Whilst Wilson’s disease is a rare condition, there can be other situations where the copper is not fully bound to Caeruloplasmin and therefore toxically high levels of copper can be in the blood plasma with a concurrent copper deficiency at a cellular level. This can be balanced by addressing mineral and metal imbalances, adrenal fatigue, hormone imbalances and healing any gut issues.

Lower-than-normal Caeruloplasmin levels may indicate:

  • Wilson disease – excess storage of copper (genetic)
  • Menkes disease (kinky hair syndrome- genetic)
  • Overdose of Vitamin C
  • Copper deficiency at a cellular level, but may have high plasma levels (check the difference between plasma and hair results)
  • Aceruloplasminemia – lack of Caeruloplasmin

Greater-than-normal Caeruloplasmin levels may indicate or be noticed in:

  • copper toxicity with zinc deficiency, common with over methylation
  • pregnancy, oral contraceptive pill use and hormonal imbalances incl adrenal
  • lymphomas
  • acute and chronic inflammation such as Rheumatoid arthritis, Angina
  • Alzheimer’s disease
  • Schizophrenia & Obsessive-compulsive disorder

Disturbances of copper metabolism are very common, but a true copper deficiency is relatively uncommon, perhaps affecting 5-10% of the population, but could potentially become an issue with the over use of zinc supplementation when treating pyroluria. The treatment for high copper is both molybdenum and zinc. Caeruloplasmin levels a usually comparable to hair copper levels, but it is good to test both hair and blood to see the relationship to each other.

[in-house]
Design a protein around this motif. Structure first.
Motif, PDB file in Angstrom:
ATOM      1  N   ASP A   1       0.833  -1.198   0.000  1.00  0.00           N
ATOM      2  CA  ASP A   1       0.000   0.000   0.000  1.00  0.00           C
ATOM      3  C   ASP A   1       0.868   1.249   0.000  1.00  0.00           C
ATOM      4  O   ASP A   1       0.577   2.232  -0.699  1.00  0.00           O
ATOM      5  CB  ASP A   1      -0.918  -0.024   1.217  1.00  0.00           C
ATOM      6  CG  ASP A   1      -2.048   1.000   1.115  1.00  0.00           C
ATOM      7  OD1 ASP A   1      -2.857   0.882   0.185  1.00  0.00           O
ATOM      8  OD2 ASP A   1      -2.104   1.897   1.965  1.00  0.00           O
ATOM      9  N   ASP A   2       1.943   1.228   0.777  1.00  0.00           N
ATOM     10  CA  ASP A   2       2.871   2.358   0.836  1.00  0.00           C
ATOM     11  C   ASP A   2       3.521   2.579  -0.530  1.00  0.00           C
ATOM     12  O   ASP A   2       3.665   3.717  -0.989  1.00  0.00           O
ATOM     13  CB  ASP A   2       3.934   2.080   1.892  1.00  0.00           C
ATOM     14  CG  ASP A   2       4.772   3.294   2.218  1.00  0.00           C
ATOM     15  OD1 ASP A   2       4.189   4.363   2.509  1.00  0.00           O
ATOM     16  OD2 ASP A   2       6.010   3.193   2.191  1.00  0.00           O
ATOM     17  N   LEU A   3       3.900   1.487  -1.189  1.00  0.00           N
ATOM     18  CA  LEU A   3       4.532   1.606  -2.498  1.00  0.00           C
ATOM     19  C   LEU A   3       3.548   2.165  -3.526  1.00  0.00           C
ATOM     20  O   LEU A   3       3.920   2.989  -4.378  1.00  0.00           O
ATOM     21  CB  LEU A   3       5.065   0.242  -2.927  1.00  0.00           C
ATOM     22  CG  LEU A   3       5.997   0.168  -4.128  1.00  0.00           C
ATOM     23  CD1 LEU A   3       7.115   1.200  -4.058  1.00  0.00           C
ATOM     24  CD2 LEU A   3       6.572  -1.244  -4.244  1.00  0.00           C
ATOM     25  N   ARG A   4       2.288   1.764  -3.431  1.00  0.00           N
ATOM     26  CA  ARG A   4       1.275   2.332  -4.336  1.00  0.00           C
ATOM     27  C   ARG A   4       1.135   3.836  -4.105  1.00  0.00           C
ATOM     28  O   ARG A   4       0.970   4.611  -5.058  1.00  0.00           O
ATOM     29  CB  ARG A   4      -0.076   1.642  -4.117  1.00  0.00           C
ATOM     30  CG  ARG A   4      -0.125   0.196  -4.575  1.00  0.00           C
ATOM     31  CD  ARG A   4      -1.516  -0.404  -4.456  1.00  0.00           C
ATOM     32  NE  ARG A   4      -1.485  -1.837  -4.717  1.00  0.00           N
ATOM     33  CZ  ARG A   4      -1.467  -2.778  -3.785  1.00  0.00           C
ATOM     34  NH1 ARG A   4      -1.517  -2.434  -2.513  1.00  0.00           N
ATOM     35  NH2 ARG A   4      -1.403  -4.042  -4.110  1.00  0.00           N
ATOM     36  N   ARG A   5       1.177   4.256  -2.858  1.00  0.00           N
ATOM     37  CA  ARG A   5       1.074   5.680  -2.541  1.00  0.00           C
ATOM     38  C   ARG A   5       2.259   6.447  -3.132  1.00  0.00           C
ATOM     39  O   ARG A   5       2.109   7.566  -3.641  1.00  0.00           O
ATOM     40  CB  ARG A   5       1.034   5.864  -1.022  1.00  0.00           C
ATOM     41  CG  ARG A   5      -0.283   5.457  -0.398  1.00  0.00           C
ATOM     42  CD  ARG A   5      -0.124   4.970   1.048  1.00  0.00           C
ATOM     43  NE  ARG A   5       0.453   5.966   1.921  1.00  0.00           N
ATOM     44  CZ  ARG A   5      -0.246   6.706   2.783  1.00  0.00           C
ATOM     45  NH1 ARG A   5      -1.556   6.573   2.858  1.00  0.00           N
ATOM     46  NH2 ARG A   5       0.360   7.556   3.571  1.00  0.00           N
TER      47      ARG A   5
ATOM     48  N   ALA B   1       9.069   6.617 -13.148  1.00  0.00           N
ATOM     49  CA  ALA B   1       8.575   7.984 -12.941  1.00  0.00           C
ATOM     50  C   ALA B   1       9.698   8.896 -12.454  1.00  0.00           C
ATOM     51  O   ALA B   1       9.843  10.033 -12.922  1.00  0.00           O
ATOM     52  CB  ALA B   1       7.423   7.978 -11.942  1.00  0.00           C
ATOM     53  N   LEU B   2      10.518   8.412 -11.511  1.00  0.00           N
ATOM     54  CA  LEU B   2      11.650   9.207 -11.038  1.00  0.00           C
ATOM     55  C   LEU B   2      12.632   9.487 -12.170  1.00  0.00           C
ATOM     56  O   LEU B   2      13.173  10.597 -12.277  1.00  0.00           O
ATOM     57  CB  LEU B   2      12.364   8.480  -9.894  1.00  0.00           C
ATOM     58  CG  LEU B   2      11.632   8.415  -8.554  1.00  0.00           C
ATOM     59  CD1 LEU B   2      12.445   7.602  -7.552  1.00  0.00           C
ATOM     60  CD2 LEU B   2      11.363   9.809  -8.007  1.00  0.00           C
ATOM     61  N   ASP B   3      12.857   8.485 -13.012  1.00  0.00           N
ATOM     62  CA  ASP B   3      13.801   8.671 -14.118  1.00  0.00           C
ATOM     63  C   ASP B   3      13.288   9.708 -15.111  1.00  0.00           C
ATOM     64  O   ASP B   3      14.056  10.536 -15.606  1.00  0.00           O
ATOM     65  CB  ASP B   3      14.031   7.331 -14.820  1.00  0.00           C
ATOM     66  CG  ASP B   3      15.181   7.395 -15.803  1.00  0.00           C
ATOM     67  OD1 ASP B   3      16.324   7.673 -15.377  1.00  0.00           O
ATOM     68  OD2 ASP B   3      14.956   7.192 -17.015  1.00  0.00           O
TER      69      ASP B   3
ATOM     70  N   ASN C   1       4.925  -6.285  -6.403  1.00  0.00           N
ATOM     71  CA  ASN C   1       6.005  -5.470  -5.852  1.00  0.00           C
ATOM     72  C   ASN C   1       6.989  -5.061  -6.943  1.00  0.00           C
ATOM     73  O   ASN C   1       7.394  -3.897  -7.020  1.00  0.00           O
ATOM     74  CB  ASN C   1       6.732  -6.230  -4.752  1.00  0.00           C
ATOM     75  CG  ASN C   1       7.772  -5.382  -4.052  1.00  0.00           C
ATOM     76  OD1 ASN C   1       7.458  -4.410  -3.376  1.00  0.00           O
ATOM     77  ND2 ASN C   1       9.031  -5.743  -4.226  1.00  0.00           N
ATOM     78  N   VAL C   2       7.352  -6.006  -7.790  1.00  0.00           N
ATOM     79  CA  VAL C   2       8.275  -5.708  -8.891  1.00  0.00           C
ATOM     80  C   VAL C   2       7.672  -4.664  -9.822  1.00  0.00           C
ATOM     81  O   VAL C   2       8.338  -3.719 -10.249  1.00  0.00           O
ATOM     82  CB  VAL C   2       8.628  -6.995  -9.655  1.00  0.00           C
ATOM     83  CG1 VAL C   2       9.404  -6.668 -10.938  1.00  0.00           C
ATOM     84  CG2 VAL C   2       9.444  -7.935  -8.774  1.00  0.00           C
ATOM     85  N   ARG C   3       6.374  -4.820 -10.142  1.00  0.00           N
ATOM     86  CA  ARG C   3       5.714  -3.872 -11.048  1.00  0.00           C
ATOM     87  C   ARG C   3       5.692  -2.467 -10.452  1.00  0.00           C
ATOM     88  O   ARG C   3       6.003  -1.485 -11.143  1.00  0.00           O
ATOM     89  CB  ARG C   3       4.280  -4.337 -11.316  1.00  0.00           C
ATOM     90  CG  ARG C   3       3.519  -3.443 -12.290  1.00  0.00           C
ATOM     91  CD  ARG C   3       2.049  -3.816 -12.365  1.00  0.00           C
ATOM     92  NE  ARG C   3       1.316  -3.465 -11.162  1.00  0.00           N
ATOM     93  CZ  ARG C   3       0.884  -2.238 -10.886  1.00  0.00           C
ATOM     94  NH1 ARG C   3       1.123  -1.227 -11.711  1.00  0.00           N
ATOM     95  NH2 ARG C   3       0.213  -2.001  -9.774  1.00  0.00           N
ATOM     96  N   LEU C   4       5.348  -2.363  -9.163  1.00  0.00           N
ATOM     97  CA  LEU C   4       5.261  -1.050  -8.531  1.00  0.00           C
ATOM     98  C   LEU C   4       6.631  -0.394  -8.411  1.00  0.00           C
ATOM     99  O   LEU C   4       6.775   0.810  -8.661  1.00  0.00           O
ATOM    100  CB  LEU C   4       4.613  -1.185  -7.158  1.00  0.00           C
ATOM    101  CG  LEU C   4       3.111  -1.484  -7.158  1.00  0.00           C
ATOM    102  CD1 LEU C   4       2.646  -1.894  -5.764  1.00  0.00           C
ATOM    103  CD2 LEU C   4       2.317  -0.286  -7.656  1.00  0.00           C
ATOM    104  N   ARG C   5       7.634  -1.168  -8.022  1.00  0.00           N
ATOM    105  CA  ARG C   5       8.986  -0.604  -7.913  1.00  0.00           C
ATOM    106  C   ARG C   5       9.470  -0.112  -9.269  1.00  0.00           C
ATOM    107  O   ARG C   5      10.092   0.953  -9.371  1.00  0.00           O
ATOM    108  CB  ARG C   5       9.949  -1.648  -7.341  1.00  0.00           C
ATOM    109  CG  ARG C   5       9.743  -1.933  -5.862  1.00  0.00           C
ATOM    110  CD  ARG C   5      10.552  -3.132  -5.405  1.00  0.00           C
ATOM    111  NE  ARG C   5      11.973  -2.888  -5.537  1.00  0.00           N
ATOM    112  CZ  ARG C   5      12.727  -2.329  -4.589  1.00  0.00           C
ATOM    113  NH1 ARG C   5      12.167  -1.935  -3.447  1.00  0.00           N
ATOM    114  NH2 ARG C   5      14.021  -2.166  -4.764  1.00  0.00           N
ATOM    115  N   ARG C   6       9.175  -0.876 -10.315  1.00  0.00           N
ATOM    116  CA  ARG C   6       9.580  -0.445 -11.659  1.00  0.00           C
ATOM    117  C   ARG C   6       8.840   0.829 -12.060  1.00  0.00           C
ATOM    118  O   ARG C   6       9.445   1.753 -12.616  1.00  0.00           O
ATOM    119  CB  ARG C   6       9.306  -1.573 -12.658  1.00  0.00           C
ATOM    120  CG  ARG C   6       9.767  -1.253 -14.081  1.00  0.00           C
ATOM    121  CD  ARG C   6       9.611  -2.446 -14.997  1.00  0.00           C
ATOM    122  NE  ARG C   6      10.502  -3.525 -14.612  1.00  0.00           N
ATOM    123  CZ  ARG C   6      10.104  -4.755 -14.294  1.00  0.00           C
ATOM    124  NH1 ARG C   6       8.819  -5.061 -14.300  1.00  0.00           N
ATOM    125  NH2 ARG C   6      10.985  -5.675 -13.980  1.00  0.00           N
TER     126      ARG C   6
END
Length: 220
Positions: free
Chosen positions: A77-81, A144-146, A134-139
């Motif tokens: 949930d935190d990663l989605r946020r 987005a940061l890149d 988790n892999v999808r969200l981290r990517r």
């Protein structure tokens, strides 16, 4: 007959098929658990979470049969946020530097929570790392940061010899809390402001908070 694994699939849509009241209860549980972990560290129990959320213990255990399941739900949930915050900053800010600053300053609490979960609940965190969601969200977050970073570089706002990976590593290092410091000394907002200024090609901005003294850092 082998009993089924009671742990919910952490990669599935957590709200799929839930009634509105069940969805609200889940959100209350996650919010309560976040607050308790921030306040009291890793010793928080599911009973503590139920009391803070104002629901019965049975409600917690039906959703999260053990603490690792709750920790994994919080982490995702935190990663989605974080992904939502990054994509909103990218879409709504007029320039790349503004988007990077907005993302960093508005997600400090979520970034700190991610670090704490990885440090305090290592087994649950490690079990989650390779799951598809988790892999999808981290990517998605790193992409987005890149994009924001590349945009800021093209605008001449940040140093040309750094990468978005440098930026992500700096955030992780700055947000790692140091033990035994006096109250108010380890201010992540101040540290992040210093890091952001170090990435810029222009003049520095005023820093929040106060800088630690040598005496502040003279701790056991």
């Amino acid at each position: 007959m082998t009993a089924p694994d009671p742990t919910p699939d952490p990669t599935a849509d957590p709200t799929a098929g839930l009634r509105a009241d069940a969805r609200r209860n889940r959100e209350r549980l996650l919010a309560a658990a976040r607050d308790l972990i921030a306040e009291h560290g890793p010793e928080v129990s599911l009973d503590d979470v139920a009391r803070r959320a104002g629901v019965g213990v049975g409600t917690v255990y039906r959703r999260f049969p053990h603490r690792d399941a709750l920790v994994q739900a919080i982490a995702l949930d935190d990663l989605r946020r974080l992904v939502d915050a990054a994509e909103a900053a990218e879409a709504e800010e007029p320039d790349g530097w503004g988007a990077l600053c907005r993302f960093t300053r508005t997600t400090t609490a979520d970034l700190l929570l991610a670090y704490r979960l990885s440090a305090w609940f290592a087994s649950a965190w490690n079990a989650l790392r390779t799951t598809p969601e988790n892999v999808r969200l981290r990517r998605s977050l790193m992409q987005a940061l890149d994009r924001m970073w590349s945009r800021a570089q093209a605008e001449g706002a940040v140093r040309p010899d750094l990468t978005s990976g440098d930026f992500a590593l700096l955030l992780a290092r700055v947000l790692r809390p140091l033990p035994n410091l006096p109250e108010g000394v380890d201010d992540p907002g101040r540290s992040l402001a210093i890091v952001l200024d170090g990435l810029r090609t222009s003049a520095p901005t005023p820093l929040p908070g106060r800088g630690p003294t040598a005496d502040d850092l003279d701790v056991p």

The roles of Zinc in the body

Zinc and copper are antagonists, meaning that increasing one can lower the other. While zinc toxicity is possible, far more common is zinc deficiency and copper toxicity. Zinc is an essential trace element that activates several hundred enzymatic reactions that are fundamental to a healthy life. Some of the activities that zinc are involved in are:

  • DNA & RNA synthesis
  • Gene expression
  • Nervous system function
  • Immune function & immune signalling such as cell apoptosis
  • Neuronal transmission
  • Brain function
  • Zinc possesses powerful anabolic activities in the cells
  • Formation of zinc proteins known as “zinc fingers”
  • Zinc is essential for blood clotting and platelet formation
  • Zinc is involved in Vitamin A synthesis
  • Folate is made available through zinc enzyme reactions
  • Along with copper, Zinc makes up the antioxidant enzyme system, ZnCu superoxide dismutase
  • Steroidal hormone synthesis
  • Growth & development of children
  • Testosterone and semen formation
  • The highest concentration of zinc is found in the male prostate gland

Some Causes of Copper Toxicity

  • Genetic Mutations that negatively alter copper-transport proteins such as Caeruloplasmin (CP gene). Genetic mutations that influence or cause the development of Huntington’s (HTT gene) and Wilson’s (ATP7B copper transport gene)